Around 60 million doses of a new COVID-19 vaccine could begin to be rolled out by the middle of next year after an agreement with the two pharmaceutical companies developing the vaccines was reached with the government.
Sanofi Pasteur and GlaxoSmithKline are developing the treatments at pace, with human clinical tests expected to unfurl in two months. In the early months of next year, the Department for Business, Energy & Industrial Strategy said that if it is shown to function and be effective the vaccines will be delivered to target groups - including medical and social care frontline workers, including those most at risk of the virus.
In the face of a worldwide scramble to produce a drug to fight the pandemic, Sanofi disclosed ongoing talks with the European Commission, with Italy and France on the negotiation table, and other nations to ensure global access to a new coronavirus treatment.
Financial terms of the deal were not revealed. GSK and Sanofi, which had first partnered in April, confirmed in a statement that regulatory authorization for their experimental drug could be attained in the first half of 2021 if trial data showed promising results. The vaccine will be developed by consolidating GSK's pandemic adjuvant technology and Sanofi's S-protein COVID-19 antigen.
Roger Connor, president of GSK Vaccines, said the biotech group believes that its adjuvanted drug candidate has the "potential to play a significant role in overcoming the COVID-19 pandemic -- both in the United Kingdom and around the world," Andy Wells of Yahoo News UK quoted him as saying in his report.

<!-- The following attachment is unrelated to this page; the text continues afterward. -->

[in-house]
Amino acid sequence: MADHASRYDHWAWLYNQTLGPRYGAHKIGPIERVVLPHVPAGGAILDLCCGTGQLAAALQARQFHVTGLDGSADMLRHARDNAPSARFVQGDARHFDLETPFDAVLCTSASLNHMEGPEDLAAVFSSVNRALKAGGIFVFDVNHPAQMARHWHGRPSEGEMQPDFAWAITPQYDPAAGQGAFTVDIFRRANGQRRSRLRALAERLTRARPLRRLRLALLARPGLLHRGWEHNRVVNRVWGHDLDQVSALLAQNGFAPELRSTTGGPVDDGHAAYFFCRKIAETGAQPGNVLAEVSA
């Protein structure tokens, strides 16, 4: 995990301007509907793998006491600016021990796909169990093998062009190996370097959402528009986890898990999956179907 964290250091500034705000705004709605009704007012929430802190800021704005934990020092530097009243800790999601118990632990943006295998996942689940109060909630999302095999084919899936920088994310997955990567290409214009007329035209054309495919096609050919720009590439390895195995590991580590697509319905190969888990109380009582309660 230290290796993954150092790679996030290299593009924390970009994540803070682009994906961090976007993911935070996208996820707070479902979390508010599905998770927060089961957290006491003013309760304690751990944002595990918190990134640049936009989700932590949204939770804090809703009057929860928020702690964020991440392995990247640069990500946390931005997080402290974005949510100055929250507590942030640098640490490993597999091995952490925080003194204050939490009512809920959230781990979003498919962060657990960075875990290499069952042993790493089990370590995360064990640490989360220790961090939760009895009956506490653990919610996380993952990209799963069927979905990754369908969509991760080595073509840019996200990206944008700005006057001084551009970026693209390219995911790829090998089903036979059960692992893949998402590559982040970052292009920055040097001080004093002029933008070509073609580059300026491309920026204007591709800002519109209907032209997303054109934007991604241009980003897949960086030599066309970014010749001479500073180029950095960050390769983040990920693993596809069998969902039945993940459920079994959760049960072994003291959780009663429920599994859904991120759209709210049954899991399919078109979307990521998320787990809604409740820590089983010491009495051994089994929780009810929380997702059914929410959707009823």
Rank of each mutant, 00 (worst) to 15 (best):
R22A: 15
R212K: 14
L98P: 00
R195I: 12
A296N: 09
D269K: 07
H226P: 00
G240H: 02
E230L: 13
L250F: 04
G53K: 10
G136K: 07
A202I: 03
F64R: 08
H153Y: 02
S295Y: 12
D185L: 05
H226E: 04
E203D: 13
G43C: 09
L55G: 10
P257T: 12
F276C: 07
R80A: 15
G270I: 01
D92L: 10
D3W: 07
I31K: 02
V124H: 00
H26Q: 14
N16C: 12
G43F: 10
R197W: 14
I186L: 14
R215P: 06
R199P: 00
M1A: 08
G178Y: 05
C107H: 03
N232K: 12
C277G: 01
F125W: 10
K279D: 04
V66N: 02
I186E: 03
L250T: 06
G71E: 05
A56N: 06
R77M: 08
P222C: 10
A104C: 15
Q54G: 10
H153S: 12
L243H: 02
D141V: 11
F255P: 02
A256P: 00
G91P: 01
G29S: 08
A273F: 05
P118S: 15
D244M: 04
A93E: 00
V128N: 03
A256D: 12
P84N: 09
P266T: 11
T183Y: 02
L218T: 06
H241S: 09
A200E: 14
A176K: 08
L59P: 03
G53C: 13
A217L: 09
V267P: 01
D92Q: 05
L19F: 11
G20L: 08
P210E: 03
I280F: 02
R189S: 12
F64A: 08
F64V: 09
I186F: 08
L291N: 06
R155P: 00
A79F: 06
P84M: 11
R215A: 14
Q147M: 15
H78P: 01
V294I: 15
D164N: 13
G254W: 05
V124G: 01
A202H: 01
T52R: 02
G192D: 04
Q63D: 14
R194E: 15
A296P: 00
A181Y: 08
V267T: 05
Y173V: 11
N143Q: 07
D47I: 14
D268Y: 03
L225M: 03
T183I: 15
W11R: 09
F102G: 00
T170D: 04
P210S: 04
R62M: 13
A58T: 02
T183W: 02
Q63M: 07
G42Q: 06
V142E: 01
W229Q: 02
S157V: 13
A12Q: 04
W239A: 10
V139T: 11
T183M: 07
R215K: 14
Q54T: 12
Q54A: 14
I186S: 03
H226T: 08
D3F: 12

The government reached an agreement early this month with BioNTech, which is collaborating with Valneva and Pfizer for access to their vaccines. London has also pointed out that it would acquire 100 million doses of a vaccine currently being tested by scientists at Oxford University in tandem with AstraZeneca.
No vaccine has yet been proven to be effective and safe against the highly-contagious disease, which has claimed the lives of over 650,000 people across the globe since the virus first emerged in China around December last year. But governments all over the world are currently sealing contracts for millions of doses of experimental drugs in the hope one of them will do its wonder.
GSK and Sanofi are hoping to strike a contract soon to produce 300 million vaccines to the European Union. Two sources told Reuters that negotiations collapsed because the company was demanding an upfront payment for the whole vaccine stock while the EU said it would rather defer payments until the drug has passed advance clinical tests.